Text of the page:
What You Need to Know
In the U.S. you can find ports of entry by land, air or sea.
The U.S. Customs and Border Protection (CBP) performs two crucial roles in facilitating trade to and from the U.S. and around the globe: securing it from acts of terrorism and assuring that goods arriving in the U.S. are legitimate and that appropriate duties and fees are paid.
At U.S. ports of entry CBP officers or employees are assigned to accept merchandise, clear travelers, collect duties, and enforce U.S. import and export laws and regulations. Immigration policy and programs are also enforced here.
- Find a U.S. Port of Entry - Go to the CBP website to locate an air, land, or sea port of entry by state.
- Check Wait Times – Estimated wait times for incoming travelers at top major U.S. airports and major northern and southern border crossings are available via online applications.
- Traveler Entry Forms - Whether you are a visitor to the United States or U.S. citizen, each individual arriving into the United States must complete one or more of U.S. Customs and Border Protection's (CBP) entry forms.
Prohibited agricultural items can harbor foreign animal and plant pests and diseases that could seriously damage America’s crops, livestock, pets, and the environment – and a large sector of our country’s economy.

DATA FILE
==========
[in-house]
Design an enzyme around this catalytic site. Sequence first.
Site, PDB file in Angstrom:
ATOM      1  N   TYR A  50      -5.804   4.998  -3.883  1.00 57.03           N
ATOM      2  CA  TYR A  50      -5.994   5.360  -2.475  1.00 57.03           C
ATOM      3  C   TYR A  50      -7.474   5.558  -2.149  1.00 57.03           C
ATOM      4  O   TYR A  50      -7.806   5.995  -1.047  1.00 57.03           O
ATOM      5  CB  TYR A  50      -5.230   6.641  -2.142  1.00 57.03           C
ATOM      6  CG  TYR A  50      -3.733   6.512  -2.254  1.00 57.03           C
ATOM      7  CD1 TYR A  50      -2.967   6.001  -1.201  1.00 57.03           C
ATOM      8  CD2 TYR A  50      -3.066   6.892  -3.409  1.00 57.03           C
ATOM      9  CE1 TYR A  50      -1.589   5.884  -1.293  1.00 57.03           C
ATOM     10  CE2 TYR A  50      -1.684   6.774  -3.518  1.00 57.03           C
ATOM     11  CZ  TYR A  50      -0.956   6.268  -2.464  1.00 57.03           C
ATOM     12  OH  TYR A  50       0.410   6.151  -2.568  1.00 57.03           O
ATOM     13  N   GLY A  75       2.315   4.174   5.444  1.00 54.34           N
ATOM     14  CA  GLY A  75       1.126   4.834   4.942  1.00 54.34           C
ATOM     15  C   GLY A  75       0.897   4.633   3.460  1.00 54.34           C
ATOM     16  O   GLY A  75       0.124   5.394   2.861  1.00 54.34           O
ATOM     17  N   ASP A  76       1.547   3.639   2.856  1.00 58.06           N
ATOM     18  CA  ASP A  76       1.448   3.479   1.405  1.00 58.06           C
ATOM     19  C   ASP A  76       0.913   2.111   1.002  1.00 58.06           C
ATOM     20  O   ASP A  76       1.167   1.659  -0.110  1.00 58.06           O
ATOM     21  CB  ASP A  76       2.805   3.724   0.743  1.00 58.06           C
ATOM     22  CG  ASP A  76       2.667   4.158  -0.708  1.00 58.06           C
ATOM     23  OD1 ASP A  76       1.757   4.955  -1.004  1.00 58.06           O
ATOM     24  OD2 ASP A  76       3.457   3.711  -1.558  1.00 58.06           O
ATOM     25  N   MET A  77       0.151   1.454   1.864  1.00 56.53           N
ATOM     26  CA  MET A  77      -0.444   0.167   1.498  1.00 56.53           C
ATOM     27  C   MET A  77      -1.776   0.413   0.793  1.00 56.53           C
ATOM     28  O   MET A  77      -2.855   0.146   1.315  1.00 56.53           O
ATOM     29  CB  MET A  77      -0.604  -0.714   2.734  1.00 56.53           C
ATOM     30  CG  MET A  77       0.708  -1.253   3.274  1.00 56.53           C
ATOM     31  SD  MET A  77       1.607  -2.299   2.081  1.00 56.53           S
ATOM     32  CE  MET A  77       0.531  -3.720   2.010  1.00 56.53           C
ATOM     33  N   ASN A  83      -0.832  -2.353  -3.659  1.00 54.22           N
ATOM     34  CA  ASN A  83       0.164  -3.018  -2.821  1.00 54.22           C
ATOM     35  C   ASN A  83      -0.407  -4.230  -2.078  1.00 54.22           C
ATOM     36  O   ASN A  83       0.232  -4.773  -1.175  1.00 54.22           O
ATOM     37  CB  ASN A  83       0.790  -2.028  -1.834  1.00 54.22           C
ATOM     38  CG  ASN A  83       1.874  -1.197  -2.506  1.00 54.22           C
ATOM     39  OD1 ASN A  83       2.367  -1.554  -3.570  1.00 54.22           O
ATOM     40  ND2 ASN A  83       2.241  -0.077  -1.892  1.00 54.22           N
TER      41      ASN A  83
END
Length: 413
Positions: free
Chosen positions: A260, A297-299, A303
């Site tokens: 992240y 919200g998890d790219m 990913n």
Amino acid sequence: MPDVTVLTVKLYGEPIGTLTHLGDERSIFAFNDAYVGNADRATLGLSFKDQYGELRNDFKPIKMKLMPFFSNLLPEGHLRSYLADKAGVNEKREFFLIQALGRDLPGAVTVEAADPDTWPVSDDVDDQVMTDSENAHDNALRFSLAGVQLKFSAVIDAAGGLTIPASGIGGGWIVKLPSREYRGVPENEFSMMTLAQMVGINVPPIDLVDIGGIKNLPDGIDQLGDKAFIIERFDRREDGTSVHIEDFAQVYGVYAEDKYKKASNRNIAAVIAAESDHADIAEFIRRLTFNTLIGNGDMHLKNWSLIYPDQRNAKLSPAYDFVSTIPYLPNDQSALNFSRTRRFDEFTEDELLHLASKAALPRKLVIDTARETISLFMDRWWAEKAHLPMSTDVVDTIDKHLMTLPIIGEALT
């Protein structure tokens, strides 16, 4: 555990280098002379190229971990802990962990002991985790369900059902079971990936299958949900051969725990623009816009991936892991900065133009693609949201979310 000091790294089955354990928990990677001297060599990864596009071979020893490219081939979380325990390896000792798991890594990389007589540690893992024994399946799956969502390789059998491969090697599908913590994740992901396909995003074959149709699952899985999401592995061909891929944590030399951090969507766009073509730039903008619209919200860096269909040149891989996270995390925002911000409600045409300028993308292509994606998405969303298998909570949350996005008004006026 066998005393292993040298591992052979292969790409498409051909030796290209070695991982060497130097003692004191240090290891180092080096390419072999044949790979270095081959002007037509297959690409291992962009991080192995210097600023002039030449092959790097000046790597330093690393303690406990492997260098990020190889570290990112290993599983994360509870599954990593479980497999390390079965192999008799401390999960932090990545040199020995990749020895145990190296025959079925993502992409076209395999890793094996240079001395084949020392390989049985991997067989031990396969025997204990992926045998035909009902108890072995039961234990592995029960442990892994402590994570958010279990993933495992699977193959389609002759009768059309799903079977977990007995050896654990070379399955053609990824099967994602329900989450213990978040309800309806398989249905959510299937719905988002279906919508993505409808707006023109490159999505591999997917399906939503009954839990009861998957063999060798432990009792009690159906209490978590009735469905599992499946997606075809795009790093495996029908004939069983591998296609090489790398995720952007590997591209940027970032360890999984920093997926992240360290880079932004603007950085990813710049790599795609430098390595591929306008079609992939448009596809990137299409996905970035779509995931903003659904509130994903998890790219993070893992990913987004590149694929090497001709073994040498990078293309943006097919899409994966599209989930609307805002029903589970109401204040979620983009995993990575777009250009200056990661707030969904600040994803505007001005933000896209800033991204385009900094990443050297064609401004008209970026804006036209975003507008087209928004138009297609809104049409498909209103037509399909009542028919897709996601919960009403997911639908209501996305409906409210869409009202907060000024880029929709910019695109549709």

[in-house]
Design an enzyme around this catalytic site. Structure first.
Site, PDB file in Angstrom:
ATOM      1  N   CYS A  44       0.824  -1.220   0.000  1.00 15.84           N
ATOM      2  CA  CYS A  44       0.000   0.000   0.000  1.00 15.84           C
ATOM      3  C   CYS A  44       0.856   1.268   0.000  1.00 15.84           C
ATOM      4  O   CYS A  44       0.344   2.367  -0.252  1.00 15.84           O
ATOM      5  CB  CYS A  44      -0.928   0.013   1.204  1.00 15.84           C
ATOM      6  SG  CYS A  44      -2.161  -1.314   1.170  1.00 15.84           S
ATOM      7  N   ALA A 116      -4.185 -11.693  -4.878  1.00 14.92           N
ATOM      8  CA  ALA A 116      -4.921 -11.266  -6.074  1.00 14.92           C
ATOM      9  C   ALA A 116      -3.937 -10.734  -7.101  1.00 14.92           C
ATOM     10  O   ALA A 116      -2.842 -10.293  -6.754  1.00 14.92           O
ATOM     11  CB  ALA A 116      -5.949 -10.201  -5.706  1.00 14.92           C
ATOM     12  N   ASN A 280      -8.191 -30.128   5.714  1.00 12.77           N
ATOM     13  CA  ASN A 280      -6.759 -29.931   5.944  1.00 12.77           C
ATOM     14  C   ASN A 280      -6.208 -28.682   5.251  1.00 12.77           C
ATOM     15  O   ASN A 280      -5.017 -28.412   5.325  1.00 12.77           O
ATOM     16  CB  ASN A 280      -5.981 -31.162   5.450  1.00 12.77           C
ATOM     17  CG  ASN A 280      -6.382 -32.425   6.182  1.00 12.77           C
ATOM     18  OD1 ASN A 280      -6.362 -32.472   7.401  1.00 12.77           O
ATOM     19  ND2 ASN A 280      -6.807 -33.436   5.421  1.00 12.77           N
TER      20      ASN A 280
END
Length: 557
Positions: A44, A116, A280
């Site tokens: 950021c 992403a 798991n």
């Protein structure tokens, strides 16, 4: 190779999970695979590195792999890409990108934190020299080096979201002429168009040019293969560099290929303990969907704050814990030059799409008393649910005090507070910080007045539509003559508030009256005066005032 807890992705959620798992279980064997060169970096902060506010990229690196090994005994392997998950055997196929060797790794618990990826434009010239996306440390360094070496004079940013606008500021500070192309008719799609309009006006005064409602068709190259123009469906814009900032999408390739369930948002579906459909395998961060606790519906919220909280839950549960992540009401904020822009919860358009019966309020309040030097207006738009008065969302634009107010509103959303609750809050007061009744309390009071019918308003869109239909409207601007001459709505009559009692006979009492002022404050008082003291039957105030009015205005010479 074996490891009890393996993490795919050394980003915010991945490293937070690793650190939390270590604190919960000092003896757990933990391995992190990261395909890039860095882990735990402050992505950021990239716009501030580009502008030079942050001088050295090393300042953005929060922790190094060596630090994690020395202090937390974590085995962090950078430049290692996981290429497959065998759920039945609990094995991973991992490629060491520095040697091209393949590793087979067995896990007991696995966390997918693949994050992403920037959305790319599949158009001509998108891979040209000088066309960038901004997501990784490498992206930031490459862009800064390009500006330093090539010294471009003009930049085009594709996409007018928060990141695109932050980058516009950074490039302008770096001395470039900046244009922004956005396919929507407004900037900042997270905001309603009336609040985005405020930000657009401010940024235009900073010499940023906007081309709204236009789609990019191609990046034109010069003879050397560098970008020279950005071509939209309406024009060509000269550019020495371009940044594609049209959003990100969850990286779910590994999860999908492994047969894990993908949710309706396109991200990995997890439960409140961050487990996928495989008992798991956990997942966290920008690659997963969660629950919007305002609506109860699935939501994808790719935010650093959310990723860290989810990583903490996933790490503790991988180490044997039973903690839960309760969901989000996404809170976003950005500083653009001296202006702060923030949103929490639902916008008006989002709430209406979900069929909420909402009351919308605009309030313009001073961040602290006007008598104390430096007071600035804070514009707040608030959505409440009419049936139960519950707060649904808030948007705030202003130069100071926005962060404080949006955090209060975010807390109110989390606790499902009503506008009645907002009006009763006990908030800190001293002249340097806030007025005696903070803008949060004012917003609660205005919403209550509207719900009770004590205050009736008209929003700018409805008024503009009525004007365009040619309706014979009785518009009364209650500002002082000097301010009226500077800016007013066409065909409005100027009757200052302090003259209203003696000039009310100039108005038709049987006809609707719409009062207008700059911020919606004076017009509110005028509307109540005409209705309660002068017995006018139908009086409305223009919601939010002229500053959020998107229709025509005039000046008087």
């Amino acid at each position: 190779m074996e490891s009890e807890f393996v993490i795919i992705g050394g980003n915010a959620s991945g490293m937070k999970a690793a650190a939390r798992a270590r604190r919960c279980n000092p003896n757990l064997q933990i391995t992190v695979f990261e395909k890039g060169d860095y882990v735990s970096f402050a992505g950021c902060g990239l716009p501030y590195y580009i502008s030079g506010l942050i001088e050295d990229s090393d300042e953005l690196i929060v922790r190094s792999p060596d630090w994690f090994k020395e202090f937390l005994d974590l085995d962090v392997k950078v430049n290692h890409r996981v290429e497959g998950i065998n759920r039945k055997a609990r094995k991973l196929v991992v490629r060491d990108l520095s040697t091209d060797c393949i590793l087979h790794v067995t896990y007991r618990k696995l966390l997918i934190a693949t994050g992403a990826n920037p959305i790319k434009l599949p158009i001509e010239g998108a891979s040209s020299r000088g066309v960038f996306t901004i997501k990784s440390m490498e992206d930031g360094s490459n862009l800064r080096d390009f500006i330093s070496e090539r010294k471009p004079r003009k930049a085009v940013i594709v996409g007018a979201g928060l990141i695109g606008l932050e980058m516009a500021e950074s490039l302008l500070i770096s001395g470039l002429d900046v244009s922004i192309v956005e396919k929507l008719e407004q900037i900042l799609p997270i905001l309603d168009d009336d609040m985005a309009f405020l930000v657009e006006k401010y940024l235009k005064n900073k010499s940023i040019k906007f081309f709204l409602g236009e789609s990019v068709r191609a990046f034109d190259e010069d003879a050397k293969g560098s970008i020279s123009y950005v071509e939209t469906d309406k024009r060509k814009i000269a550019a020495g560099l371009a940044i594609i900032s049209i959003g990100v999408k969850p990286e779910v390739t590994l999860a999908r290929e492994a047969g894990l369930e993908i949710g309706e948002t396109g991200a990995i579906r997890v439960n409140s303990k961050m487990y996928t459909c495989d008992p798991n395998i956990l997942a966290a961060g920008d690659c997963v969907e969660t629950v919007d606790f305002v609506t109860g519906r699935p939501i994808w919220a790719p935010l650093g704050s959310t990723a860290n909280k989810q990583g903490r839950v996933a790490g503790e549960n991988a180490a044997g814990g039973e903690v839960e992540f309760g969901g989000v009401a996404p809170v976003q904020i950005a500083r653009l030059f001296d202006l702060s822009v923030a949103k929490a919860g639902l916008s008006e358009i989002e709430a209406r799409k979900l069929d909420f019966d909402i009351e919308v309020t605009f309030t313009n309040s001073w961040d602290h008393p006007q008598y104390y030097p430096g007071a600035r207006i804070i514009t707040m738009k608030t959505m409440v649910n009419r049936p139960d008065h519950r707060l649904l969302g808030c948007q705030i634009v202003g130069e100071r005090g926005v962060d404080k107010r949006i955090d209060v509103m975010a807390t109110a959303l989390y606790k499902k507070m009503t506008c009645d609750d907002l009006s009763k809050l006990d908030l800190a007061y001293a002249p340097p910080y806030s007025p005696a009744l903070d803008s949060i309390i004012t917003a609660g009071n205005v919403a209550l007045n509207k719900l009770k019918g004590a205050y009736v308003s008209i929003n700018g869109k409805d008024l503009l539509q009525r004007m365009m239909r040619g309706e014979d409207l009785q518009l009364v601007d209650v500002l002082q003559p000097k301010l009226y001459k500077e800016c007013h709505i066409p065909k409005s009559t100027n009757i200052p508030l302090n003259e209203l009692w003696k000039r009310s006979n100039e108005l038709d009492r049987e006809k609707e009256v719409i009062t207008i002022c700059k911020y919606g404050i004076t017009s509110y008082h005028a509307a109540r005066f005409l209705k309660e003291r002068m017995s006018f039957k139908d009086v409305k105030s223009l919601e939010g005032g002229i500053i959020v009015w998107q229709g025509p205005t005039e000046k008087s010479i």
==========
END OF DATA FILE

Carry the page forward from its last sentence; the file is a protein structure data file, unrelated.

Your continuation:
All travelers entering the United States are required to DECLARE any meats, fruits, vegetables, plants, seeds, animals, and plant and animal products (including soup or soup products) they may be carrying. The declaration must cover all items carried in checked baggage, carry-on luggage, or in a vehicle.
Importing goods without researching entry requirements in advance can be a costly experience. Prohibited items that are not declared by passengers are confiscated and disposed of by CBP agriculture specialists. In addition, civil penalties for individuals may be assessed for violations and may range up to $1,000 for a first-time offense or as high as $50,000.